I recently watched a film on PBS titled “Animal Reunions. What happens when people are reunited with the wild animals with which they forged deep bonds years ago? Dr. Rebecca Atencia is chief veterinarian and executive director of the Jane Goodall Institute in Congo, where she cares for sick and orphaned chimpanzees.
For nine years Dr. Atencia raised an orphaned chimpanzee named Kudia, with whom she formed a maternal bond. Kudia was raised with the intent of returning her to the wild. After nine years, Kudia was released. After a two year wait; Dr. Atencia went back to the same forest where Kudia was released. Stepping off the boat she walks into the forest and calls out “Kudia, Kudia. At first there was silence. Then, after a few minutes there is a rustle in the high trees – and there coming down the tree is Kudia. The chimp hears the voice she recognizes, it is the one who nurtured her, who loved her all those years. She slowly moves towards Dr. Atenica – she places an arm on the doctor’s shoulder – then backs away – then, comes back and embraces her, quite a moving moment. The chimps under Dr. Atencia’s care hear her voice – just like the sheep hear the voice of the shepherd.
Today is “Good Shepherd Sunday.” The focus of the Gospel reading is on Jesus - as our Good Shepherd. In the Old Testament - God appears as the shepherd of Israel. We have all familiar with the verse in David’s Psalm 23, the Lord is my Shepherd. It is a declaration of what it means to be God’s child – the sheep belonging to the shepherd. This theme of God as shepherd is even more developed in the book of Ezekiel, who proclaims the promise that God himself will seek out his sheep and care for them. Jesus uses the same image of the shepherd to explain his mission. For it is Him who protects, gathers and lays down his life.
Jesus says, “My sheep hear my voice.” What is it about a voice? Books are wonderful to read - but how wonderful it is to hear someone tell their story with their voice? I can remember so well - when I was a child - my father would take a chair and sit next to my bed - and tell me stories of rocket ships and space. I can still hear his voice. Steven Spielberg gave Holocaust Survivors a chance to tell their story – not in a book - but by a recorded voice. Their inflections tell a story that the printed word never could. Even before we are born, we are listening for voices. Research shows that a child in the womb shows a discernible preference for a mother's voice.
Christianity is not a bunch of ideas; it is not a philosophy, though we do use philosophy to help explain the underlying truths of our faith. It is not ideology, and certainly not a club that meets once a week. Christianity is a “relationship” with a “someone” – someone who has a voice. The first disciples who Jesus speaks to today – how privileged they were to hear the voice of Jesus. How privileged “we” are, for we too are the sheep of the fold who hear Jesus’ voice.
You may ask, how do WE hear Jesus’ voice? first and foremost, in scripture. When the scriptures are proclaimed at Mass - we hear his voice. We hear Jesus’ voice through the living voice of the Church, the magisterium, the Pope with his bishops who interpret and safeguard of the teachings of Jesus Christ.
We hear the voice of Jesus through our conscience. John Henry Cardinal Newman said the conscience is the aboriginal Vicar of Christ in the soul. A formed conscience, formed by the teachings of Christ and his Church, becomes finely attuned to all that is true, good, and beautiful. It is our sense of morality – it is not an instinct; it is a voice – as though someone were speaking to us in it.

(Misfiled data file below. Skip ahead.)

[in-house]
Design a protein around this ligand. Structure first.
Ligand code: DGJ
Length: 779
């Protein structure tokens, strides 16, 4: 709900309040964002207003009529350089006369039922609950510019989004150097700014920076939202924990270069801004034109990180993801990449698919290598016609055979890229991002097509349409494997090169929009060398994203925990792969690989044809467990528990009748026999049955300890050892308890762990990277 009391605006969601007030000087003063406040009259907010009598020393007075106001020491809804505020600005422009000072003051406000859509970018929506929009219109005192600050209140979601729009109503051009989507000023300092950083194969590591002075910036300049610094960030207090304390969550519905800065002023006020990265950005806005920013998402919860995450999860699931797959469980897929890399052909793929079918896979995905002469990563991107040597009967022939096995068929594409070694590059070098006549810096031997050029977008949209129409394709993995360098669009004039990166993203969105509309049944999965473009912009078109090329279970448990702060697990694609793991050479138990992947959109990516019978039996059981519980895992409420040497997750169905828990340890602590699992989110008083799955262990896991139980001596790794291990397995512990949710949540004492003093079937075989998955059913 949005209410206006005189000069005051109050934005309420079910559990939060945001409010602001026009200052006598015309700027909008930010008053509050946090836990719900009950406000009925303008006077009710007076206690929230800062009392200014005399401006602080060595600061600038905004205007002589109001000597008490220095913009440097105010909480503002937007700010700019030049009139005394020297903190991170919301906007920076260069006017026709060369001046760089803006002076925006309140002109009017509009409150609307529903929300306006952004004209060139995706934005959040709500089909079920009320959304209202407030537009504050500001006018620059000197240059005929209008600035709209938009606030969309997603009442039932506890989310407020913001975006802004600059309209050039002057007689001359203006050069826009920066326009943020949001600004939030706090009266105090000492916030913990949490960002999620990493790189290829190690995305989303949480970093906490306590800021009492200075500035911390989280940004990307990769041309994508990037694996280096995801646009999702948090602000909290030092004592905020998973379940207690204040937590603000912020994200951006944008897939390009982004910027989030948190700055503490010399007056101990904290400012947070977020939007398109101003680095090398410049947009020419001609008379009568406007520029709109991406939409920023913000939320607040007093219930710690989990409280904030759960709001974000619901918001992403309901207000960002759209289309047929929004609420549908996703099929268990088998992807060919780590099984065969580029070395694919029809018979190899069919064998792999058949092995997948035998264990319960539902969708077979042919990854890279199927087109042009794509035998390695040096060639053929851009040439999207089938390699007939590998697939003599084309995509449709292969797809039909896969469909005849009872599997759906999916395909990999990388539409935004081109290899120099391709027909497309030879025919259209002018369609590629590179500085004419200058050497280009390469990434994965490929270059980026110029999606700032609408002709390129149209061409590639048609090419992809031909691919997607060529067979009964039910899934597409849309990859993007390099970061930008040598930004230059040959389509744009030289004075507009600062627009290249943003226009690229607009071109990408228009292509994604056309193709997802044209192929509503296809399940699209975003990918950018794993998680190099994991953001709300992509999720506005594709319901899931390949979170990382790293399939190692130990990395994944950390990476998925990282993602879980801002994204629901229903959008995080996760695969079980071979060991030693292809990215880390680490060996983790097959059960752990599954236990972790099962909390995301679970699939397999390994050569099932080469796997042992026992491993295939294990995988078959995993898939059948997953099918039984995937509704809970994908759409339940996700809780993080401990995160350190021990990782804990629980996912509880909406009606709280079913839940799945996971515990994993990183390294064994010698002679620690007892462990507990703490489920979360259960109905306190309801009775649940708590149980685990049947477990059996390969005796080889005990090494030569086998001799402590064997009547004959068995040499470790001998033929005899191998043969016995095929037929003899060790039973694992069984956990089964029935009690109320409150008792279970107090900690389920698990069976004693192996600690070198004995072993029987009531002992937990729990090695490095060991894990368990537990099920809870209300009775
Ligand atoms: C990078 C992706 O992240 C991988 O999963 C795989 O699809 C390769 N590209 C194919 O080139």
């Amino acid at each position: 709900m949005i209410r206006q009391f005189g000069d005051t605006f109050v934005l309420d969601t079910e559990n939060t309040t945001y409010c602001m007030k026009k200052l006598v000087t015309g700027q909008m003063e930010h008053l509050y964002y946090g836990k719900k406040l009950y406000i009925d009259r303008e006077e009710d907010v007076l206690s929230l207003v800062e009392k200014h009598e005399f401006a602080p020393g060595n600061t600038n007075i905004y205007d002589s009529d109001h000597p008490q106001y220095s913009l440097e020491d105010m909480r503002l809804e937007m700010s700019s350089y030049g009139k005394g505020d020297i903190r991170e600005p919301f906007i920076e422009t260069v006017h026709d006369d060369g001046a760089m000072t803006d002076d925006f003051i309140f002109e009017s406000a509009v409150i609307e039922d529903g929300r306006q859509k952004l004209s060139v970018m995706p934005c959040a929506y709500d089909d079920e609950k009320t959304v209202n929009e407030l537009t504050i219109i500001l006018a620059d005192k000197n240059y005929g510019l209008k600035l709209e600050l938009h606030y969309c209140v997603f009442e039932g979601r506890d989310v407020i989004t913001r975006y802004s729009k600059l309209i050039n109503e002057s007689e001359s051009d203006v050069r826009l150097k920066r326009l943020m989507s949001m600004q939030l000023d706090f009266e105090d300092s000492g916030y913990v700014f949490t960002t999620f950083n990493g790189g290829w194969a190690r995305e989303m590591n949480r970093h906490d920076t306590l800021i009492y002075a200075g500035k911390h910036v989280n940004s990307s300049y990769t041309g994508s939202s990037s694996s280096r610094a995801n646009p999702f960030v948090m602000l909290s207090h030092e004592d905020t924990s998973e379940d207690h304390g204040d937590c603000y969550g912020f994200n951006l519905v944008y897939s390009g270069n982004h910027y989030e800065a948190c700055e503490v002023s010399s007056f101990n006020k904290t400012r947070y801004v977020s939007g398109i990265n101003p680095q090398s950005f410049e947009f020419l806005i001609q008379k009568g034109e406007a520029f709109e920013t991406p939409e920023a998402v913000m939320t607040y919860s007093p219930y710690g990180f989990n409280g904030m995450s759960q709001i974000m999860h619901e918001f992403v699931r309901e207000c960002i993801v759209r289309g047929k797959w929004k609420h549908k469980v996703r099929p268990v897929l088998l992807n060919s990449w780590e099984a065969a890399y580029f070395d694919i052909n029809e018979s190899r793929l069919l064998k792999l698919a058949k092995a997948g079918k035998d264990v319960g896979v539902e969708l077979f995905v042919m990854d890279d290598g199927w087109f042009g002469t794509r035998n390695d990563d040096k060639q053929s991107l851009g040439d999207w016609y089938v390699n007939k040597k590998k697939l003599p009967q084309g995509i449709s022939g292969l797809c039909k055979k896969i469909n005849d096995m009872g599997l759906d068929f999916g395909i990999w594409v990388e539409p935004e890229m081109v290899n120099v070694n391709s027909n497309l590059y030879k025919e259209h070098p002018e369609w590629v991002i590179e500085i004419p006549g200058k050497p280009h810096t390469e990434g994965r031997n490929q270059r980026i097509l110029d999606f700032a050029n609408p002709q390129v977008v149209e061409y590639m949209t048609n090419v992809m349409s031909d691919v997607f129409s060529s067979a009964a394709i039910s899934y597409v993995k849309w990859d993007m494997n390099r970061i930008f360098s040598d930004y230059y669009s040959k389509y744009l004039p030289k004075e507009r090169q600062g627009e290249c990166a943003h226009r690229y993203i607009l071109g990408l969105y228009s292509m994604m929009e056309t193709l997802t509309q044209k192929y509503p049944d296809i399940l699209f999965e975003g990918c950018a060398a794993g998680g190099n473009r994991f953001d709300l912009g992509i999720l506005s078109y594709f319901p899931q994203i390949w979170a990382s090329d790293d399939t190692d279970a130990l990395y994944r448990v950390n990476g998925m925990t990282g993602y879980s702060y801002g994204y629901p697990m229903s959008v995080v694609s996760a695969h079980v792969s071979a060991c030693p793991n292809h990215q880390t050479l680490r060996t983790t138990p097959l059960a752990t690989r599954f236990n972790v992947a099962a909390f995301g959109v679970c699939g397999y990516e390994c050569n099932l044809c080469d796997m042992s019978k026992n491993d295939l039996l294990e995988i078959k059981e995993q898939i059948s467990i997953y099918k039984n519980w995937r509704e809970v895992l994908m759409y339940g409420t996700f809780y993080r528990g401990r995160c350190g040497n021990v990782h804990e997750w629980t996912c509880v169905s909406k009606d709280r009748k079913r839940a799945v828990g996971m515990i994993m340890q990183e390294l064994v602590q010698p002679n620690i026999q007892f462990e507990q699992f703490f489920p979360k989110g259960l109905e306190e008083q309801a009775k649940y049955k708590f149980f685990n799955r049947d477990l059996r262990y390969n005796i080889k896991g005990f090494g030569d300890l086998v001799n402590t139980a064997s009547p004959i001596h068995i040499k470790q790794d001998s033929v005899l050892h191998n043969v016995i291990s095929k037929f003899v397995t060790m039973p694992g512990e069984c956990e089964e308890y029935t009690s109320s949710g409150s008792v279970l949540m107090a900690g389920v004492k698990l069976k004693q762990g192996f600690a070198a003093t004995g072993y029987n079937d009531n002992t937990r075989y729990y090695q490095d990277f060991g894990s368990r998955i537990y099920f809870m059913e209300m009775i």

I will share some examples of “conscience.” – If I am going to the store, and I make a mistake and drive down the wrong road, I’m not happy about it – but I don’t feel that I offended anyone. If my wife sends me to the store and I forget to buy milk, I may have disappointed – but I did not offend. But if I commit immoral sin – against myself – or another person, If I break the commandments, I know I did something wrong. When we do something morally wrong, we feel – we know - that we hurt someone – someone who loves us. That someone is the shepherd.
We also hear Jesus’ voice in the good counsel of others – in those who encourage us – who guide us - our family - our friends – our priests.
We live today in the midst of many voices, media – music – internet – politicians - all different points of view – trying to lead us in many different directions – the good road, the bad road. So, who do we follow? We must gain the capacity to discern the voice of Christ our shepherd.
First and foremost, God never says anything that contradicts Scripture. God's voice is not the voice of anxiety, for unbelief is the Root of Anxiety; He is not the voice of unsettledness, a wavering or uncertainty, or spiritual fatigue. God's voice is not the voice of obscurity or gossip. God's voice is not the voice of condemnation.
Jesus says “I give them eternal life, they shall never perish.”
Why do we listen to Jesus, and discern HIS voice and follow him? Is it just to make us better people? Make us more upright? To be more just - more peaceful? All these things will happen when we follow Jesus, but we can become these things by listening to many teachers - the Dalai Lama, Anglican Bishop Desmond Tutu, and Deepak Chopra.
Why do we follow Jesus? It is only Jesus that can lead us to eternal life – to a renewed - and transformed life - on high with God – where we will never perish – where we will see God face to face. Where we will stand before God’s throne - and worship him day and night in his temple.
This is where the Jesus the good Shepherd is leading us, on a journey to the heavenly Jerusalem.
“I am the good shepherd; I know my own, and my own know me”
Let us rejoice that the Lord has made us members of his flock - and knows each of us by name! Let us follow him with joy - and let him guide us in all our ways.